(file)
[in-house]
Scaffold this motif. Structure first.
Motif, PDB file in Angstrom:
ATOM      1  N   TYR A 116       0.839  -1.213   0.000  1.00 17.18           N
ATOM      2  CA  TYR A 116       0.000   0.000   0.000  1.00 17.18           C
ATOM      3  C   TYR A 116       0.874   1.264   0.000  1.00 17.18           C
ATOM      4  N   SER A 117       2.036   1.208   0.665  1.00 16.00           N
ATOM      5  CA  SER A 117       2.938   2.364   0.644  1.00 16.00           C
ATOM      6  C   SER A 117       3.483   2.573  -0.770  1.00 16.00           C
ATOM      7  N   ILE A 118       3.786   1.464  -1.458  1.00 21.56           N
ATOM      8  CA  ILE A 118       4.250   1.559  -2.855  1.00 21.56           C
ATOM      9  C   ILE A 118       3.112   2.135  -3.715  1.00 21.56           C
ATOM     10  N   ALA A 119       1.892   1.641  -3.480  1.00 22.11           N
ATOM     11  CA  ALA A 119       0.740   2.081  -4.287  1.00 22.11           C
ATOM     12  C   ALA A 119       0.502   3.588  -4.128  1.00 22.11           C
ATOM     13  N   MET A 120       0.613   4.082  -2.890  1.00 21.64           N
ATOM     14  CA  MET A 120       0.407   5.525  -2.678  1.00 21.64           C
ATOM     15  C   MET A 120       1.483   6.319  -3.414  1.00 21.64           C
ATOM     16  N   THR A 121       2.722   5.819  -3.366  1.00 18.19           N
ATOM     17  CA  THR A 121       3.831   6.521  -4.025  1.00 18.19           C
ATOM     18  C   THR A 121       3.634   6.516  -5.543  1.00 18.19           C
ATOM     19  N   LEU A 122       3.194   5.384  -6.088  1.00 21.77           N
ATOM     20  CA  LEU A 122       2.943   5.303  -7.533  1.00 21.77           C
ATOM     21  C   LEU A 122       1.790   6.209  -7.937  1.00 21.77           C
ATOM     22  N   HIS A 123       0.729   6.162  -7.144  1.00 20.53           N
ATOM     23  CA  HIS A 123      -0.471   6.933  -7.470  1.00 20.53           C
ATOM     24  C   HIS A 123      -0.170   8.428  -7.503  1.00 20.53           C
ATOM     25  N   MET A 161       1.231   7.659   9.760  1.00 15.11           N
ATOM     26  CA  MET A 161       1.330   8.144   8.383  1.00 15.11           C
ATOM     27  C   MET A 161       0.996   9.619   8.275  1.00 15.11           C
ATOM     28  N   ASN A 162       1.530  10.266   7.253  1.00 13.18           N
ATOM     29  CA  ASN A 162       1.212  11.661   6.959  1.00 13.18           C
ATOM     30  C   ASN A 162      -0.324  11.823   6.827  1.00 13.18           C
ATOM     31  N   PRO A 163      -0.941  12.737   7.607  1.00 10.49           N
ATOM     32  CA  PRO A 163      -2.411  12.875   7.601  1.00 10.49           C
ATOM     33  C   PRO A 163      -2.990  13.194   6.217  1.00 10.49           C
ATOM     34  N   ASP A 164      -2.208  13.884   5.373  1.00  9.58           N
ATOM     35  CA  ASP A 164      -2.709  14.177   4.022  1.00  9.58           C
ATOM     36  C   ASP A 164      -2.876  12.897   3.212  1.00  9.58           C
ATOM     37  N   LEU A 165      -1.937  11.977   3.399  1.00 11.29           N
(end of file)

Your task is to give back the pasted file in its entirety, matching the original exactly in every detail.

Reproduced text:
[in-house]
Scaffold this motif. Structure first.
Motif, PDB file in Angstrom:
ATOM      1  N   TYR A 116       0.839  -1.213   0.000  1.00 17.18           N
ATOM      2  CA  TYR A 116       0.000   0.000   0.000  1.00 17.18           C
ATOM      3  C   TYR A 116       0.874   1.264   0.000  1.00 17.18           C
ATOM      4  N   SER A 117       2.036   1.208   0.665  1.00 16.00           N
ATOM      5  CA  SER A 117       2.938   2.364   0.644  1.00 16.00           C
ATOM      6  C   SER A 117       3.483   2.573  -0.770  1.00 16.00           C
ATOM      7  N   ILE A 118       3.786   1.464  -1.458  1.00 21.56           N
ATOM      8  CA  ILE A 118       4.250   1.559  -2.855  1.00 21.56           C
ATOM      9  C   ILE A 118       3.112   2.135  -3.715  1.00 21.56           C
ATOM     10  N   ALA A 119       1.892   1.641  -3.480  1.00 22.11           N
ATOM     11  CA  ALA A 119       0.740   2.081  -4.287  1.00 22.11           C
ATOM     12  C   ALA A 119       0.502   3.588  -4.128  1.00 22.11           C
ATOM     13  N   MET A 120       0.613   4.082  -2.890  1.00 21.64           N
ATOM     14  CA  MET A 120       0.407   5.525  -2.678  1.00 21.64           C
ATOM     15  C   MET A 120       1.483   6.319  -3.414  1.00 21.64           C
ATOM     16  N   THR A 121       2.722   5.819  -3.366  1.00 18.19           N
ATOM     17  CA  THR A 121       3.831   6.521  -4.025  1.00 18.19           C
ATOM     18  C   THR A 121       3.634   6.516  -5.543  1.00 18.19           C
ATOM     19  N   LEU A 122       3.194   5.384  -6.088  1.00 21.77           N
ATOM     20  CA  LEU A 122       2.943   5.303  -7.533  1.00 21.77           C
ATOM     21  C   LEU A 122       1.790   6.209  -7.937  1.00 21.77           C
ATOM     22  N   HIS A 123       0.729   6.162  -7.144  1.00 20.53           N
ATOM     23  CA  HIS A 123      -0.471   6.933  -7.470  1.00 20.53           C
ATOM     24  C   HIS A 123      -0.170   8.428  -7.503  1.00 20.53           C
ATOM     25  N   MET A 161       1.231   7.659   9.760  1.00 15.11           N
ATOM     26  CA  MET A 161       1.330   8.144   8.383  1.00 15.11           C
ATOM     27  C   MET A 161       0.996   9.619   8.275  1.00 15.11           C
ATOM     28  N   ASN A 162       1.530  10.266   7.253  1.00 13.18           N
ATOM     29  CA  ASN A 162       1.212  11.661   6.959  1.00 13.18           C
ATOM     30  C   ASN A 162      -0.324  11.823   6.827  1.00 13.18           C
ATOM     31  N   PRO A 163      -0.941  12.737   7.607  1.00 10.49           N
ATOM     32  CA  PRO A 163      -2.411  12.875   7.601  1.00 10.49           C
ATOM     33  C   PRO A 163      -2.990  13.194   6.217  1.00 10.49           C
ATOM     34  N   ASP A 164      -2.208  13.884   5.373  1.00  9.58           N
ATOM     35  CA  ASP A 164      -2.709  14.177   4.022  1.00  9.58           C
ATOM     36  C   ASP A 164      -2.876  12.897   3.212  1.00  9.58           C
ATOM     37  N   LEU A 165      -1.937  11.977   3.399  1.00 11.29           N